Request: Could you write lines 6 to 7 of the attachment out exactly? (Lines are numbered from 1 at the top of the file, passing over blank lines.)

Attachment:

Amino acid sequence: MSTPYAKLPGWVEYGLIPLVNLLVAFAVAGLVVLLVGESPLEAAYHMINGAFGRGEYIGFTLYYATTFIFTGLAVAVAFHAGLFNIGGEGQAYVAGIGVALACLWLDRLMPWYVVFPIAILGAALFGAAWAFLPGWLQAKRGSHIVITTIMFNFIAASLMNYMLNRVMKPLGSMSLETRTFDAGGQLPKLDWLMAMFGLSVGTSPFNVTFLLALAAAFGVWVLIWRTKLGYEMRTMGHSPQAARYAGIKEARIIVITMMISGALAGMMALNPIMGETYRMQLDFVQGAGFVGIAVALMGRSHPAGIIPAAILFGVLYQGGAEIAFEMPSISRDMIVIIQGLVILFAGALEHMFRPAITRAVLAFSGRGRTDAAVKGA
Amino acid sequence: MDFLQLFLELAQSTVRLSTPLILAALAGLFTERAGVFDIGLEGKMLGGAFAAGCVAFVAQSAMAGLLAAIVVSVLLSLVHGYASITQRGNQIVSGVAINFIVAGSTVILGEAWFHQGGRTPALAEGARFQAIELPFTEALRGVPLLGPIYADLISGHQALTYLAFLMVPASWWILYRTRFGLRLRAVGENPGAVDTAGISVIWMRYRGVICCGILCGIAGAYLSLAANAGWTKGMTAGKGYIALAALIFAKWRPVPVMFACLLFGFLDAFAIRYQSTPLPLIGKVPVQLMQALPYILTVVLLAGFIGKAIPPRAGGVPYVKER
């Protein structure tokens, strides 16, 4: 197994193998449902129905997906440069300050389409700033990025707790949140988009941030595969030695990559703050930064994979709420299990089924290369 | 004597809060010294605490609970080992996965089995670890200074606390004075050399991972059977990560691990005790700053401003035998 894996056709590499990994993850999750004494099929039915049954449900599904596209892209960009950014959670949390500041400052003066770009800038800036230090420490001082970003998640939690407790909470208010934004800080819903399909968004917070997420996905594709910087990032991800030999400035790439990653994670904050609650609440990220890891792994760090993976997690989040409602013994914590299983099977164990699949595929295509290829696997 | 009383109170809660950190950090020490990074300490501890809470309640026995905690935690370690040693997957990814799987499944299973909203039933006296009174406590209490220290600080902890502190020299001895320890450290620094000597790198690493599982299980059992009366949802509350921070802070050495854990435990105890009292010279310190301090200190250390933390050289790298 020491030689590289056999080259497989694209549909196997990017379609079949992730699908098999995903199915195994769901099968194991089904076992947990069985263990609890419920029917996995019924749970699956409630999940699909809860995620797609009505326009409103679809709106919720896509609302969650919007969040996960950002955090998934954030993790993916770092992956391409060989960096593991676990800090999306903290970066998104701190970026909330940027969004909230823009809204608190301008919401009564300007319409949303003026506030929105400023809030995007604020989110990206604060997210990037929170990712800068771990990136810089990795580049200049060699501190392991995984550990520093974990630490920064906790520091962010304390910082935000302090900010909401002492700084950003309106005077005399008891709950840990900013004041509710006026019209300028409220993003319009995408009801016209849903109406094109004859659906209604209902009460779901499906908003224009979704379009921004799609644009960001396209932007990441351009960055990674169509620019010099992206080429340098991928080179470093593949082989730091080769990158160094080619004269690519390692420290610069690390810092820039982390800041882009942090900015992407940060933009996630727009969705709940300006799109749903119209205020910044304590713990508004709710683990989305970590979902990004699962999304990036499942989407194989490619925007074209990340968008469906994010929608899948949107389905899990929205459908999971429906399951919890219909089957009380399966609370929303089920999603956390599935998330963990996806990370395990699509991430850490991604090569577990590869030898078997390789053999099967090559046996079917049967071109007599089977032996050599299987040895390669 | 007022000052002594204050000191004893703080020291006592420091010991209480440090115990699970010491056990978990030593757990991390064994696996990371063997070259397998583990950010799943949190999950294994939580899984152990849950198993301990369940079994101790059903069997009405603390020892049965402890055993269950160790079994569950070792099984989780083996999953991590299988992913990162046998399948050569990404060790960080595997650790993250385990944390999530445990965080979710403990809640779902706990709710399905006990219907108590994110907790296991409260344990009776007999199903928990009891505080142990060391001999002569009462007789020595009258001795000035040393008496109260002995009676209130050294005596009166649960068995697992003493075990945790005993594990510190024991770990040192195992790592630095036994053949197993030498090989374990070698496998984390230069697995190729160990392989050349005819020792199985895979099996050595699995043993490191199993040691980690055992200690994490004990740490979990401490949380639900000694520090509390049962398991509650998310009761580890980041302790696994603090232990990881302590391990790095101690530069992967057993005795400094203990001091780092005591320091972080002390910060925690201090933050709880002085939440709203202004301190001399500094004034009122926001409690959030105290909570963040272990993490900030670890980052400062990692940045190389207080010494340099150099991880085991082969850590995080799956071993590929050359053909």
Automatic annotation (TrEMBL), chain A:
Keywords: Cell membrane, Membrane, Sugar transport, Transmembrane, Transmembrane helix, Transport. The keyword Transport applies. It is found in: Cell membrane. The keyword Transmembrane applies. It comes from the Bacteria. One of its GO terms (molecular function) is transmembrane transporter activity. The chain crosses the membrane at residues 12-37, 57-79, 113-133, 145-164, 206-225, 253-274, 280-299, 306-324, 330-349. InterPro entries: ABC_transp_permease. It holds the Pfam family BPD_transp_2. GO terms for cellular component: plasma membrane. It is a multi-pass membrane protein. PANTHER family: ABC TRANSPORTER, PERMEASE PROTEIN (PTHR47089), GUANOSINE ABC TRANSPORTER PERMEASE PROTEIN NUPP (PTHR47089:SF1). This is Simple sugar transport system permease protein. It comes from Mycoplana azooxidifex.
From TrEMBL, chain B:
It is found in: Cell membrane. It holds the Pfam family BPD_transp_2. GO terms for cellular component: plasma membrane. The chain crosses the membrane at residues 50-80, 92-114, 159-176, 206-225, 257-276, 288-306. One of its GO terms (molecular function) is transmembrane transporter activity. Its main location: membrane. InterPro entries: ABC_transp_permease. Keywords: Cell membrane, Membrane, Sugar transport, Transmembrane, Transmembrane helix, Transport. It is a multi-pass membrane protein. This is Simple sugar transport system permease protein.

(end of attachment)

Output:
From TrEMBL, chain B:
It is found in: Cell membrane. It holds the Pfam family BPD_transp_2. GO terms for cellular component: plasma membrane. The chain crosses the membrane at residues 50-80, 92-114, 159-176, 206-225, 257-276, 288-306. One of its GO terms (molecular function) is transmembrane transporter activity. Its main location: membrane. InterPro entries: ABC_transp_permease. Keywords: Cell membrane, Membrane, Sugar transport, Transmembrane, Transmembrane helix, Transport. It is a multi-pass membrane protein. This is Simple sugar transport system permease protein.